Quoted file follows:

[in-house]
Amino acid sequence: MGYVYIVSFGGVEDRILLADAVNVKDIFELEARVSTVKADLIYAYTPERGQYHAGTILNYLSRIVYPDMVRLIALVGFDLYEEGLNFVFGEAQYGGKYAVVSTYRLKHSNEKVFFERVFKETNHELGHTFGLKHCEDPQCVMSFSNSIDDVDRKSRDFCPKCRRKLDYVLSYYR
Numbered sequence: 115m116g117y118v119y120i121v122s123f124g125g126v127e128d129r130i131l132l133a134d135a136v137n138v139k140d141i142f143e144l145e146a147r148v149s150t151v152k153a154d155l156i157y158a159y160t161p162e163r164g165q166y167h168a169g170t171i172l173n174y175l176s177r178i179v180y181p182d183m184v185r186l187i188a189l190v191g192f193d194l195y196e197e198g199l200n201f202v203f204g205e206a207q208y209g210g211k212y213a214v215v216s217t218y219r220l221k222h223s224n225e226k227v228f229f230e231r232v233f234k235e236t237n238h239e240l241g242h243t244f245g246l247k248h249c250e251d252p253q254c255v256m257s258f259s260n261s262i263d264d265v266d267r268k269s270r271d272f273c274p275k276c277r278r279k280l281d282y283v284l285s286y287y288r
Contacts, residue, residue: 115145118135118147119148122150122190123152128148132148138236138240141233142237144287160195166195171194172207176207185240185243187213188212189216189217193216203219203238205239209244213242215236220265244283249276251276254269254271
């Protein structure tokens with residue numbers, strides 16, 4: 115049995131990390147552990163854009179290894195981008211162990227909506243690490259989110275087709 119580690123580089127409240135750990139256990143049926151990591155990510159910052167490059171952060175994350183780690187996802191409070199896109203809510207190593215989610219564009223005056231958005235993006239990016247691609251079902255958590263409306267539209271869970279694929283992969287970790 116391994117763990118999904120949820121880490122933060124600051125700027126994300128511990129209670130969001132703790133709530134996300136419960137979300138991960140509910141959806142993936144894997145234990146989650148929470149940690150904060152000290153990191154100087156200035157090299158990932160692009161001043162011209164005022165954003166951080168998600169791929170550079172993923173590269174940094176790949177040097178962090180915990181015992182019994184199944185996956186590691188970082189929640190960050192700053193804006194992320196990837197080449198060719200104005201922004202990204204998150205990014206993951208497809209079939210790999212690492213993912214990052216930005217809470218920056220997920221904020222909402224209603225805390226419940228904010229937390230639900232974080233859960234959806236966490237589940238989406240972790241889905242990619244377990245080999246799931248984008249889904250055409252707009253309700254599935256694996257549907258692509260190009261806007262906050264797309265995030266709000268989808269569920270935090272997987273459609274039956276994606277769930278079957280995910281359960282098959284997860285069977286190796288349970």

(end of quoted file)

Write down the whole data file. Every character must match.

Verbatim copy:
[in-house]
Amino acid sequence: MGYVYIVSFGGVEDRILLADAVNVKDIFELEARVSTVKADLIYAYTPERGQYHAGTILNYLSRIVYPDMVRLIALVGFDLYEEGLNFVFGEAQYGGKYAVVSTYRLKHSNEKVFFERVFKETNHELGHTFGLKHCEDPQCVMSFSNSIDDVDRKSRDFCPKCRRKLDYVLSYYR
Numbered sequence: 115m116g117y118v119y120i121v122s123f124g125g126v127e128d129r130i131l132l133a134d135a136v137n138v139k140d141i142f143e144l145e146a147r148v149s150t151v152k153a154d155l156i157y158a159y160t161p162e163r164g165q166y167h168a169g170t171i172l173n174y175l176s177r178i179v180y181p182d183m184v185r186l187i188a189l190v191g192f193d194l195y196e197e198g199l200n201f202v203f204g205e206a207q208y209g210g211k212y213a214v215v216s217t218y219r220l221k222h223s224n225e226k227v228f229f230e231r232v233f234k235e236t237n238h239e240l241g242h243t244f245g246l247k248h249c250e251d252p253q254c255v256m257s258f259s260n261s262i263d264d265v266d267r268k269s270r271d272f273c274p275k276c277r278r279k280l281d282y283v284l285s286y287y288r
Contacts, residue, residue: 115145118135118147119148122150122190123152128148132148138236138240141233142237144287160195166195171194172207176207185240185243187213188212189216189217193216203219203238205239209244213242215236220265244283249276251276254269254271
């Protein structure tokens with residue numbers, strides 16, 4: 115049995131990390147552990163854009179290894195981008211162990227909506243690490259989110275087709 119580690123580089127409240135750990139256990143049926151990591155990510159910052167490059171952060175994350183780690187996802191409070199896109203809510207190593215989610219564009223005056231958005235993006239990016247691609251079902255958590263409306267539209271869970279694929283992969287970790 116391994117763990118999904120949820121880490122933060124600051125700027126994300128511990129209670130969001132703790133709530134996300136419960137979300138991960140509910141959806142993936144894997145234990146989650148929470149940690150904060152000290153990191154100087156200035157090299158990932160692009161001043162011209164005022165954003166951080168998600169791929170550079172993923173590269174940094176790949177040097178962090180915990181015992182019994184199944185996956186590691188970082189929640190960050192700053193804006194992320196990837197080449198060719200104005201922004202990204204998150205990014206993951208497809209079939210790999212690492213993912214990052216930005217809470218920056220997920221904020222909402224209603225805390226419940228904010229937390230639900232974080233859960234959806236966490237589940238989406240972790241889905242990619244377990245080999246799931248984008249889904250055409252707009253309700254599935256694996257549907258692509260190009261806007262906050264797309265995030266709000268989808269569920270935090272997987273459609274039956276994606277769930278079957280995910281359960282098959284997860285069977286190796288349970």